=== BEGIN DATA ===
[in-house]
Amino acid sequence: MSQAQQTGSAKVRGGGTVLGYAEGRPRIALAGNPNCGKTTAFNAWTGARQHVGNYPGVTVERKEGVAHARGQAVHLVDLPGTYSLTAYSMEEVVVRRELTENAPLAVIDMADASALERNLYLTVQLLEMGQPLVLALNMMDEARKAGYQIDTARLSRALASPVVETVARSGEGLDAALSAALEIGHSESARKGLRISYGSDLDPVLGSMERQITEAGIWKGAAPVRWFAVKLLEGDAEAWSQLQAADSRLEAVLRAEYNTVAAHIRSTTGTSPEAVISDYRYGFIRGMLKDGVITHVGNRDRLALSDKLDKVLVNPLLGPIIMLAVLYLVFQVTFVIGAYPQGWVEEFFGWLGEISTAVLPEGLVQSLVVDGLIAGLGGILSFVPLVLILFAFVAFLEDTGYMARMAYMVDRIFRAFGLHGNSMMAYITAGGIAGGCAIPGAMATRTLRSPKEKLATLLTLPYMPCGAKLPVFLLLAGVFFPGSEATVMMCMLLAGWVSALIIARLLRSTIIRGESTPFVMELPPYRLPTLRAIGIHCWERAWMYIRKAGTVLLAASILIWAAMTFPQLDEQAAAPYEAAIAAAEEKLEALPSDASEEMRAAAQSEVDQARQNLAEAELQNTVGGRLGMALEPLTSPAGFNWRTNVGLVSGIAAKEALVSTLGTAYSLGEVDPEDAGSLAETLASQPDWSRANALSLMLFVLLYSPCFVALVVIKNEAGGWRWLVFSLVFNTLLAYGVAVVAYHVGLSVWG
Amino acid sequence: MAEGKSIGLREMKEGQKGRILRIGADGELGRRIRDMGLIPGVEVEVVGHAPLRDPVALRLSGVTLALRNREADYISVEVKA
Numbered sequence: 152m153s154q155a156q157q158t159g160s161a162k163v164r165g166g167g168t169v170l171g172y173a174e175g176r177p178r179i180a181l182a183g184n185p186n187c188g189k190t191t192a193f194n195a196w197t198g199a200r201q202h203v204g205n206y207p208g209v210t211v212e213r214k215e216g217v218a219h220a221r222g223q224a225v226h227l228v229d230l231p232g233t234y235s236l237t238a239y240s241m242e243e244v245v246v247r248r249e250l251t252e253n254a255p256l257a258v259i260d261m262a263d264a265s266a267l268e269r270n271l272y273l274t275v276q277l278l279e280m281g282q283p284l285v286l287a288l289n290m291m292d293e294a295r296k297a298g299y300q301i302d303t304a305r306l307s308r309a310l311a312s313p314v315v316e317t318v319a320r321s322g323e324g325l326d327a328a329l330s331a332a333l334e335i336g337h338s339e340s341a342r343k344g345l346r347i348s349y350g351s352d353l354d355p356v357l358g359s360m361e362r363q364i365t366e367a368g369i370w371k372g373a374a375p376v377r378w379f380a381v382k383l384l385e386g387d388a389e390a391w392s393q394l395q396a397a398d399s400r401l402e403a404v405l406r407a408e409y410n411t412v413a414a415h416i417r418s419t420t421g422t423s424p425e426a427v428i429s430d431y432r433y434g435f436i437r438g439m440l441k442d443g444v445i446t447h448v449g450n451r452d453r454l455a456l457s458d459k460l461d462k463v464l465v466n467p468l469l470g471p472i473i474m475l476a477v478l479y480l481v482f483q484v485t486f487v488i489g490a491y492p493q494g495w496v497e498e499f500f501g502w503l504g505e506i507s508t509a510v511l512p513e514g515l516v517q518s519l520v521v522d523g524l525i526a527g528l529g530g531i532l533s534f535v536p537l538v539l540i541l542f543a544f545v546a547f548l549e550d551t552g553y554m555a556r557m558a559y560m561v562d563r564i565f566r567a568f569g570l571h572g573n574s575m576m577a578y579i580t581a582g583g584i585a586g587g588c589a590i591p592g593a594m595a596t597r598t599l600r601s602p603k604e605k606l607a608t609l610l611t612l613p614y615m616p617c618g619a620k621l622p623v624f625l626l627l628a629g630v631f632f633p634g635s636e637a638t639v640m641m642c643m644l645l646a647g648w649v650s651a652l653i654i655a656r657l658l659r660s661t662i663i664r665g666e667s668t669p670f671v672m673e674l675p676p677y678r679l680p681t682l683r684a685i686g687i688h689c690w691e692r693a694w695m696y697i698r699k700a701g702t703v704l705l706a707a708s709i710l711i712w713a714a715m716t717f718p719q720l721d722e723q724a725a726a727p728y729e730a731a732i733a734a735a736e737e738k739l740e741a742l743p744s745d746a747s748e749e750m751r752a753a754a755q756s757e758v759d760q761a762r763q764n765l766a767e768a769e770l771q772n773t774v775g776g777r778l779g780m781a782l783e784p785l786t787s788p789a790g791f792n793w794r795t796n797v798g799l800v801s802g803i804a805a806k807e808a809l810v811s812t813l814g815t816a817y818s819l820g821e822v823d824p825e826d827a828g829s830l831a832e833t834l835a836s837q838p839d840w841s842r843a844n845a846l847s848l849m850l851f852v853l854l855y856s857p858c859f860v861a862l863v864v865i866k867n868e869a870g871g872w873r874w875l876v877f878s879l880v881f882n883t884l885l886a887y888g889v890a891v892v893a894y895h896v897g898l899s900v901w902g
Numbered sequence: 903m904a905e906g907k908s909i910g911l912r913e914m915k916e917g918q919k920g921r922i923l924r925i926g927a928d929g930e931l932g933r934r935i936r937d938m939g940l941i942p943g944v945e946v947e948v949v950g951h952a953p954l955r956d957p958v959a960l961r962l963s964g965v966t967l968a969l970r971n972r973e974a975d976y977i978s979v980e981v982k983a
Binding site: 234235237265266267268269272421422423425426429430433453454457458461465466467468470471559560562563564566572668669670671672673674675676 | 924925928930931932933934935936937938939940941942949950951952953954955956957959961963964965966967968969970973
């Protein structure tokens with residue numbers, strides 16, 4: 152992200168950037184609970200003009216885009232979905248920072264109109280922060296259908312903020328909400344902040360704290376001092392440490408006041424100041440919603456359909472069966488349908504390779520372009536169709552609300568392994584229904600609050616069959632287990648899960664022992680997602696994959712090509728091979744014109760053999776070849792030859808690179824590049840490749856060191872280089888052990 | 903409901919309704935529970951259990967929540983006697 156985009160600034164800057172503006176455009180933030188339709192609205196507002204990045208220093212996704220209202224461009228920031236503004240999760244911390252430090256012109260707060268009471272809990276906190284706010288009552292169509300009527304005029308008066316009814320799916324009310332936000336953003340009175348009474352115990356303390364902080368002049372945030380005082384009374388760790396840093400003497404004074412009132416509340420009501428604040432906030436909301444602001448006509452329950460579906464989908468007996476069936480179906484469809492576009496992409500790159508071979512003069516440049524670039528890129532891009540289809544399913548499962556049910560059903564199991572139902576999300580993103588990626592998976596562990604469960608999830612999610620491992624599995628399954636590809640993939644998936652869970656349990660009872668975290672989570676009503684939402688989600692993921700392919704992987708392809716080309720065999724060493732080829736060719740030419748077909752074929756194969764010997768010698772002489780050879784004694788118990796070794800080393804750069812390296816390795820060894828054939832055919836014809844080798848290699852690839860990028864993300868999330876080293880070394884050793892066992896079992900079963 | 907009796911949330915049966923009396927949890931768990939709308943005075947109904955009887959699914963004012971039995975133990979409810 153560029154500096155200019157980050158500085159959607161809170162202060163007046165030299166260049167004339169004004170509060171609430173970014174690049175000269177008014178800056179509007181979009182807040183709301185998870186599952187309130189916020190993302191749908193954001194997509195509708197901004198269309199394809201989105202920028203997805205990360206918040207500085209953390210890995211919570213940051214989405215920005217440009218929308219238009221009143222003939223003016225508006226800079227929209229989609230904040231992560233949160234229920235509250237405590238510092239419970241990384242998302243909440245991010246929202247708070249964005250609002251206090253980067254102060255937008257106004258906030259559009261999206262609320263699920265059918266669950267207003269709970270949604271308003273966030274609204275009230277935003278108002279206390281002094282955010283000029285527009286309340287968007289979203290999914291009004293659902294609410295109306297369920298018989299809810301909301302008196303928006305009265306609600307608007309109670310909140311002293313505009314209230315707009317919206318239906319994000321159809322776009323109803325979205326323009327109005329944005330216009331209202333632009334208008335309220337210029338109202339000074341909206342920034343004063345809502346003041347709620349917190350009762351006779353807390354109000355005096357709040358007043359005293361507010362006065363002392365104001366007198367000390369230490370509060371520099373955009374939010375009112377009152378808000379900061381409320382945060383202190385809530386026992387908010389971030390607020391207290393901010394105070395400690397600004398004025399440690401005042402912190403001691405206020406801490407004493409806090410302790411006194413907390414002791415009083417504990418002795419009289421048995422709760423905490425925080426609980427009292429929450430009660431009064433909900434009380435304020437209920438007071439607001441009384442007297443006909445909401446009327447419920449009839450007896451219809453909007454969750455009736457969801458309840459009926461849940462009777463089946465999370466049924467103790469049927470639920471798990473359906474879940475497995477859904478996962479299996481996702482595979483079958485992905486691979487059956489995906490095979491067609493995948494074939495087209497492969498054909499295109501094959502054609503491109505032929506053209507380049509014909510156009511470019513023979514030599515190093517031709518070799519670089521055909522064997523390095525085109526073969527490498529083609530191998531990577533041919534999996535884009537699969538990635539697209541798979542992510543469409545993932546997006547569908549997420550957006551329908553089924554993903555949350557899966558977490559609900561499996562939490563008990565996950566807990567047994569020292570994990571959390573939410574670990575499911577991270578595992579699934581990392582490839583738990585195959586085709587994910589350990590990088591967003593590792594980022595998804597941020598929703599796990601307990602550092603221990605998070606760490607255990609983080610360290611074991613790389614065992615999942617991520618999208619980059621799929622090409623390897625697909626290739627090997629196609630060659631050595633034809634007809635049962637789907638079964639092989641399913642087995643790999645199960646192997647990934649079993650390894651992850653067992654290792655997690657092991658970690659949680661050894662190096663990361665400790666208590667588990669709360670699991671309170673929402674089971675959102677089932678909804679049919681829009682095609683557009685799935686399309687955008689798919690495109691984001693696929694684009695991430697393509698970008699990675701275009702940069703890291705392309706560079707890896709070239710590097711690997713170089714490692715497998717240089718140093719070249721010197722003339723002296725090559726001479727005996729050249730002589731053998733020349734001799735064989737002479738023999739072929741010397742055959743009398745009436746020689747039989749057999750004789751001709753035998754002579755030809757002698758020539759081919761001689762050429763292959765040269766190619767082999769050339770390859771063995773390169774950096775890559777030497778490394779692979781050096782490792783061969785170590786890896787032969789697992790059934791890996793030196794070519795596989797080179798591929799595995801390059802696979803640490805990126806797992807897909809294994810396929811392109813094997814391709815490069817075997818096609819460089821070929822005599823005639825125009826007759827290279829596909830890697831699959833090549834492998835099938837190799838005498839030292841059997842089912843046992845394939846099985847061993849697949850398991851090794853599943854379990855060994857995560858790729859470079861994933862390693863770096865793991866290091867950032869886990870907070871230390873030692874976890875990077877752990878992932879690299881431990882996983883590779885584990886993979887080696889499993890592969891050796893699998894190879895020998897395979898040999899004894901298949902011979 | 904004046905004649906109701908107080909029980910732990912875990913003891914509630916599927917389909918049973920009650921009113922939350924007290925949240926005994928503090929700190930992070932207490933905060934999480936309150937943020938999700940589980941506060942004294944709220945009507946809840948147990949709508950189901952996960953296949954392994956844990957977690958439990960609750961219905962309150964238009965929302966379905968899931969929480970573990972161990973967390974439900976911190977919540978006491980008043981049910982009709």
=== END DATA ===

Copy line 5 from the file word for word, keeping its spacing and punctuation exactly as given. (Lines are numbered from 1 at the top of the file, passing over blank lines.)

Numbered sequence: 903m904a905e906g907k908s909i910g911l912r913e914m915k916e917g918q919k920g921r922i923l924r925i926g927a928d929g930e931l932g933r934r935i936r937d938m939g940l941i942p943g944v945e946v947e948v949v950g951h952a953p954l955r956d957p958v959a960l961r962l963s964g965v966t967l968a969l970r971n972r973e974a975d976y977i978s979v980e981v982k983a